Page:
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Raja Yoga is a book by Swami Vivekananda about "Raja Yoga", his interpretation of Patanjali's Yoga Sutras adapted for a Western audience.[1] The book was published in July 1896.[2] It became an instant success and was highly influential in the Western understanding of yoga.[3]

Raja Yoga
Raja Yoga Vivekananda title page.jpg
Title page of 1920 edition
AuthorSwami Vivekananda
LanguageHindi
SubjectPhilosophy
Publication date
1896

Contents

Contents and ideasEdit

Raja Yoga contains transcripts of lectures by Vivekananda on "Raja Yoga",[4] his interpretation of Patanjali's Yoga Sutras,[1] and a "rather free translation" of Patanjali's Yoga Sutras plus Vivekananda's commentaries, which also was a series of talks.[5] It presents Vivekananda's understanding and interpretation of Patanjali's Yoga Sutras, "and a selection of hathayoga teachings on the basis of the beliefs that he shared with his students."[6] These included elements from traditional Hinduism, but also ideas from western science, Idealism, and "the Neo-Vedantic esotericism of the Brahmo Samaj and Western occultism,"[7] including mesmerism and "American Harmonial religion."[8]

Vivekananda adapted traditional Hindu ideas and religiosity to suit the needs and understandings of his western audiences, who were especially attracted by and familiar with western esoteric traditions and movements like Transcendentalism and New thought.[9] An important element in his adaptation of Hindu religiosity was the introduction of his four yoga's model, which includes Raja yoga, his interpretation of Patanjali's Yoga sutras,[1] which offered a practical means to realize the divine force within which is central to modern western esotericism.[9] The other three yogas are the classical Karma Yoga (Karma Yoga), Bhakti Yoga, and Jnana Yoga (Jnana Yoga).

Vivekananda's interpretation of Patanjali's Yoga Sutras is mostly based on the part on astanga yoga, the eight limbs of yoga described in the Sadhana Pada or practice part.[8] According to De Michelis, Vivekananda's ideas on Raja Yoga mainly consists of two different models,[8] with sometimes a third "mode of thought":

  1. The Prana Model, which is mostly applied in the first part, is strongly influenced by the mesmeric beliefs which were popular at that time,[note 1] and also contains Hatha-yoga teachings. It gives a prominent place to prana as the central life force, which can be controlled by Raja Yoga. The accumulation of prana leads to liberation, and furthers "speed[s] up the adepts on their evolutionary path towards the ultimate goal."[8]
  2. The Samadhi Model, which focuses on the power of mind, and is strongly influenced by Transcendentalism, New Thought, and William James' Functional psychology.[8] Yoga is presented here as a journey of the mind back to its origins by means of meditative practice. According to Vivekananda, "each individual mind is part of the "universal mind""[10][note 2] which can be rejoined by attaining samadhi.[10]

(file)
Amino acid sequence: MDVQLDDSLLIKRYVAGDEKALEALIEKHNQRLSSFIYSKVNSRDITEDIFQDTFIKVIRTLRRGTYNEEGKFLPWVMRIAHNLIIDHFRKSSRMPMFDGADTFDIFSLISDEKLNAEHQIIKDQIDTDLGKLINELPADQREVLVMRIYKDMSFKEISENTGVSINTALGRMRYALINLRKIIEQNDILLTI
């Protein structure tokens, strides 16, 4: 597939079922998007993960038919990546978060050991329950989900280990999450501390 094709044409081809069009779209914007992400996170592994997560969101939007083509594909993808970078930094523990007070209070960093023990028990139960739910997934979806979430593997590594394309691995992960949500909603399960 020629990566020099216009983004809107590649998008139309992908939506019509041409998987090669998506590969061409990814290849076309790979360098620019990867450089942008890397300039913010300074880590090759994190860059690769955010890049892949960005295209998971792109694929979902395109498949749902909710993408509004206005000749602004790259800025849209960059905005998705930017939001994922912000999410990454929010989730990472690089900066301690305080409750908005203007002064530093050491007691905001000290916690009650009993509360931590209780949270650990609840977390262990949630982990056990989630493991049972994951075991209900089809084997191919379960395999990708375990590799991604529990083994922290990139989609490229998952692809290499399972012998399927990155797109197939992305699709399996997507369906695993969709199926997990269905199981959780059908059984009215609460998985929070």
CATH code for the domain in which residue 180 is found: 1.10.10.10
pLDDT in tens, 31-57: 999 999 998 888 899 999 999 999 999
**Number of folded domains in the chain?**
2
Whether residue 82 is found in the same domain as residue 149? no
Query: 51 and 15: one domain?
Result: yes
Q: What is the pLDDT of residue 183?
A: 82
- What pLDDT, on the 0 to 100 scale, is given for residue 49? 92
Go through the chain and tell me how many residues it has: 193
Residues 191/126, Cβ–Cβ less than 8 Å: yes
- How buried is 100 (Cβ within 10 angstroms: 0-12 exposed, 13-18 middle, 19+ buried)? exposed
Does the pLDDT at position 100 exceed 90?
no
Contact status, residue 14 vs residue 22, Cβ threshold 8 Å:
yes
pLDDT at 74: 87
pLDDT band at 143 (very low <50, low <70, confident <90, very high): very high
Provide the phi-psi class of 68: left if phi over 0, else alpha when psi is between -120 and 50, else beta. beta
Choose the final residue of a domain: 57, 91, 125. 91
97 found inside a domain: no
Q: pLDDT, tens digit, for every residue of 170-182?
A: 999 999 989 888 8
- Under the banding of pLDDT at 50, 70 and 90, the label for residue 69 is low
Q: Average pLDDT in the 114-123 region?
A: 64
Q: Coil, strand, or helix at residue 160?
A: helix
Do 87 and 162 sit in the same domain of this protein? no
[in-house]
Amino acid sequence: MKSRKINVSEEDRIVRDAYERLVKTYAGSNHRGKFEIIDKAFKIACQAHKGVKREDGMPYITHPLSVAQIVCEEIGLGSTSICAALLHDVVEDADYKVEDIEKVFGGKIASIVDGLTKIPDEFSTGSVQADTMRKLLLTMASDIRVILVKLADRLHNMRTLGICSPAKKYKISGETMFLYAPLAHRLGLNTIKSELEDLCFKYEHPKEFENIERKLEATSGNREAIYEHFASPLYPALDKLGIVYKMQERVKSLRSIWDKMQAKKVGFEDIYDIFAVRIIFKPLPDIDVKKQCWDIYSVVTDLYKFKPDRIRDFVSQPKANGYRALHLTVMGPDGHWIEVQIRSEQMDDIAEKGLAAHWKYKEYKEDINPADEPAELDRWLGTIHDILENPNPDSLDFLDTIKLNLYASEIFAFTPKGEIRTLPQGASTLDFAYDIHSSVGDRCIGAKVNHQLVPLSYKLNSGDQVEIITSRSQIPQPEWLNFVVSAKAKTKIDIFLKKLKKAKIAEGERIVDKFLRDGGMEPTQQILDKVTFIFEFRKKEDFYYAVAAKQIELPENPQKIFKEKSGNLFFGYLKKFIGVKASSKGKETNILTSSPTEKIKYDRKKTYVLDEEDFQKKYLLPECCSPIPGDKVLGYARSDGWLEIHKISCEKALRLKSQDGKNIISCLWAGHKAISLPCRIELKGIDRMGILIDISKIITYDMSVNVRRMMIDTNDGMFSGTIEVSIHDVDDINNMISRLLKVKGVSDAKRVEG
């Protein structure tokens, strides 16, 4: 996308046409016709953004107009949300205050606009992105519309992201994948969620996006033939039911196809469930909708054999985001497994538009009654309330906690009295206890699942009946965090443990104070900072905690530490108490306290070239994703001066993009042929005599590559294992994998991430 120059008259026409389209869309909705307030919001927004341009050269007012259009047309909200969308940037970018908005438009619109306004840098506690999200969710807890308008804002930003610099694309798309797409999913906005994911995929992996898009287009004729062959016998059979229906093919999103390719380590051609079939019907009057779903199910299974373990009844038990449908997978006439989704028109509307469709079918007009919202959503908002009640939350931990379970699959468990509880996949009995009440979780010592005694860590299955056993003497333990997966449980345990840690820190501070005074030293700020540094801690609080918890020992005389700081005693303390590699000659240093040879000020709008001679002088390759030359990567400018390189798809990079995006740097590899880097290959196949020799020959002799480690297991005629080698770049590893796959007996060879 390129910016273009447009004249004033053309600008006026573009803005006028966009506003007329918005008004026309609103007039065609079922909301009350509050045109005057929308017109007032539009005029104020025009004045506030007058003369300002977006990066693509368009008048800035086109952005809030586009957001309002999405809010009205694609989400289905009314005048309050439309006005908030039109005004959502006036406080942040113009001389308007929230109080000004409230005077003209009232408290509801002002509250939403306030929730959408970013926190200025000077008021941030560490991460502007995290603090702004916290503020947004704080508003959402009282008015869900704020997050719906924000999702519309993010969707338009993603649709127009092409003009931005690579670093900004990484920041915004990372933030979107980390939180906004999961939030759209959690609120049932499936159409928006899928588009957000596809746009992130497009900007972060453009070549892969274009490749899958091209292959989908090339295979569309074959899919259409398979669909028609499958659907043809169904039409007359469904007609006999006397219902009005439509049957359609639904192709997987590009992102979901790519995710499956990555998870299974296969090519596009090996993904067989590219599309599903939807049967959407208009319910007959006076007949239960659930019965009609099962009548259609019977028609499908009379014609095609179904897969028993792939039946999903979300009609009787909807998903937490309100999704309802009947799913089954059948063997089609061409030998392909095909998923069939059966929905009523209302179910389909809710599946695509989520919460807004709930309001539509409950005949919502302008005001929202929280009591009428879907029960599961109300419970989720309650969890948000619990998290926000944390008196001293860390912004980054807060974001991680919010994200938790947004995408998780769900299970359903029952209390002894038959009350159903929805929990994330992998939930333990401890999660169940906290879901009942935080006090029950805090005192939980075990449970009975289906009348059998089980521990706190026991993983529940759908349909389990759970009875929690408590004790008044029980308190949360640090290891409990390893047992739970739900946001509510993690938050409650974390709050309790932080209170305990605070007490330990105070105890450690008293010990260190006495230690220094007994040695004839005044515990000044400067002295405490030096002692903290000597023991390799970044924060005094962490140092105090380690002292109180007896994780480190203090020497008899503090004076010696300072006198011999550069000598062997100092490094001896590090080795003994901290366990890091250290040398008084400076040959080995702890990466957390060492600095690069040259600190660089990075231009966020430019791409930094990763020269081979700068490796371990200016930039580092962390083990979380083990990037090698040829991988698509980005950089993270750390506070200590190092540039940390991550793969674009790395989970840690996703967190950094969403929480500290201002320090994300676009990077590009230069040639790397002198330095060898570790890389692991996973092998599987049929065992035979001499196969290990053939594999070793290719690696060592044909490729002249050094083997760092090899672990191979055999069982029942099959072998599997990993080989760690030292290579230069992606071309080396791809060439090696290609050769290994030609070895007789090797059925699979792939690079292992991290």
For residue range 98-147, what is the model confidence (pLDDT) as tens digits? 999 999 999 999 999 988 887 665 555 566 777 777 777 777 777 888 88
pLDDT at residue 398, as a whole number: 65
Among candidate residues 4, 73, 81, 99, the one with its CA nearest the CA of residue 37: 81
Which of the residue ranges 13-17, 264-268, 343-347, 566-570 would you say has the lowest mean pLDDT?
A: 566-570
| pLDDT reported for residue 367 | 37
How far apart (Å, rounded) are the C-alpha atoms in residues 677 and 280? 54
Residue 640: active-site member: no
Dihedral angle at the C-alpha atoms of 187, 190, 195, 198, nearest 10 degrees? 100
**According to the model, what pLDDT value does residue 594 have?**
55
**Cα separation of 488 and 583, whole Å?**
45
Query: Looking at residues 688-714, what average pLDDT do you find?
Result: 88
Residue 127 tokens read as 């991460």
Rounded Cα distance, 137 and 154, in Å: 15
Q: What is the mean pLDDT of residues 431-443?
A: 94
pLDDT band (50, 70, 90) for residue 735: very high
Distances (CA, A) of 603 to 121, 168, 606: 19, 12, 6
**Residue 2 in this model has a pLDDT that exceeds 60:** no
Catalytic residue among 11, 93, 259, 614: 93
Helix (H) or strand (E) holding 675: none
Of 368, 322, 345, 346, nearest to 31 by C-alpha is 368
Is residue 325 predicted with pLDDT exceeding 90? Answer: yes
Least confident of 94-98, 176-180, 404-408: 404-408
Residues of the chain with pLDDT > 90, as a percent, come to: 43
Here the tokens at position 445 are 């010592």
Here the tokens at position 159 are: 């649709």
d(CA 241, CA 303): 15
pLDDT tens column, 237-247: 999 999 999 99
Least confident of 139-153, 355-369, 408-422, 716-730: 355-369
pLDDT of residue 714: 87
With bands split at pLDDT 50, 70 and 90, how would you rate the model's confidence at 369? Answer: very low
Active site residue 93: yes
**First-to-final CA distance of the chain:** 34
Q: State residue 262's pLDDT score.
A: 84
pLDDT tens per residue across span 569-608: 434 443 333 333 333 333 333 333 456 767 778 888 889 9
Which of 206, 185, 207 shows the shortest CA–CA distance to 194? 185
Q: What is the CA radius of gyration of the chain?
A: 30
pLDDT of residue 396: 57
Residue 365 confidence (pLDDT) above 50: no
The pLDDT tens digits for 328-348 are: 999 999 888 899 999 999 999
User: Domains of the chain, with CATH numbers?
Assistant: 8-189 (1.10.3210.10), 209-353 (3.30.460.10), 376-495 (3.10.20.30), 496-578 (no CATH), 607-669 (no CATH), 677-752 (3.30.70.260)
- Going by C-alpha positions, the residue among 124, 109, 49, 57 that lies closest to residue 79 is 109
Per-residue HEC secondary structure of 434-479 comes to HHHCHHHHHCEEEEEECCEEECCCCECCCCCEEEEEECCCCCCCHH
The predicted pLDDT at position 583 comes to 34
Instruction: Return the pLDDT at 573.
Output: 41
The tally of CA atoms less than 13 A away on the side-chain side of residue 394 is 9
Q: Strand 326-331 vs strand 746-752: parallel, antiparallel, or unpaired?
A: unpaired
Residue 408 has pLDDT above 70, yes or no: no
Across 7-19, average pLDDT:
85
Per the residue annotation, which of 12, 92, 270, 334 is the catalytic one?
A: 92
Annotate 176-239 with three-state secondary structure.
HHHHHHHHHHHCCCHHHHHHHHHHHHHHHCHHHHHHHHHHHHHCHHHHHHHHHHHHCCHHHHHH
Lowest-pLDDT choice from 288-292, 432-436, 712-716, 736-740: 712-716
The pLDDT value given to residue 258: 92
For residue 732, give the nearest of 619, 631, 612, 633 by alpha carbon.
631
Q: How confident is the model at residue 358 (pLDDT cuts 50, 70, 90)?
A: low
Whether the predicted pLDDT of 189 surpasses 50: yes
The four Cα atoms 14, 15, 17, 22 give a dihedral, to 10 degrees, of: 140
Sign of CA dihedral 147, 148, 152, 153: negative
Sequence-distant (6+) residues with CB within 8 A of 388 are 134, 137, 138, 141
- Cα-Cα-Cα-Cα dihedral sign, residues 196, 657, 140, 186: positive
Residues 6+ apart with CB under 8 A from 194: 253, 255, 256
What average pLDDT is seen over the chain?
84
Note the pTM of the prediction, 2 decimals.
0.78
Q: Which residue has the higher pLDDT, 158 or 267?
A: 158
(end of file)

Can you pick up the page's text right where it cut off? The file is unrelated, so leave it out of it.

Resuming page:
3. A third mode of thought, called "Neo-Advaitic" by De Michelis, is otherworldly oriented. It insists on leaving behind "all powers and attainments," to reach an "altogether transcendent state." This state is reached in the last stage of samadhi, and is equal to the identification with the purusa, or "the One[10] or Emerson's Oversoul[11] c.q. Absolute.

An appendix contains a translation of the Yoga Sutras of Patanjali.

Reception and influenceEdit

Raja Yoga became an instant success and was highly influential in the western understanding of Yoga; De Michelis has suggested it as marking the start of modern yoga, though that later took very different forms.[3][12] It presented exotic teachings to a cultic milieu which was looking for "ideologically familiair forms of practical spirituality."[6]

NotesEdit

  1. ^ Compare Sigmund Freud and his use of hypnosis as a therapeutic aid. Early on, similarities between yogic trance and hypnosis have been noted.
  2. ^ As phrased by De Michelis; not a quote from Vivekananda.

ReferencesEdit

  1. ^ a b c De Michelis 2004, p. 123-126.
  2. ^ Banhatti 1995, p. 145.
  3. ^ a b De Michelis 2004, p. 125-126, 149-180.
  4. ^ De Michelis 2004, p. 149.
  5. ^ De Michelis 2004, p. 149-150.
  6. ^ a b De Michelis 2004, p. 150.
  7. ^ De Michelis 2004, p. 150-151.
  8. ^ a b c d e De Michelis 2004, p. 151.
  9. ^ a b De Michelis 2004, p. 119-123.
  10. ^ a b c De Michelis 2004, p. 153.
  11. ^ De Michelis 2004, p. 169.
  12. ^ Singleton 2010, pp. 4–5.

SourcesEdit

  • Banhatti, G. S. (1995), Life and philosophy of Swami Vivekananda, New Delhi: Atlantic, p. 145, ISBN 8171562914
  • De Michelis, Elizabeth (2004), A History of Modern Yoga, Continuum
  • Singleton, Mark (2010), Yoga Body : the origins of modern posture practice, Oxford University Press, ISBN 978-0-19-539534-1, OCLC 318191988

See alsoEdit

Further readingEdit

External linksEdit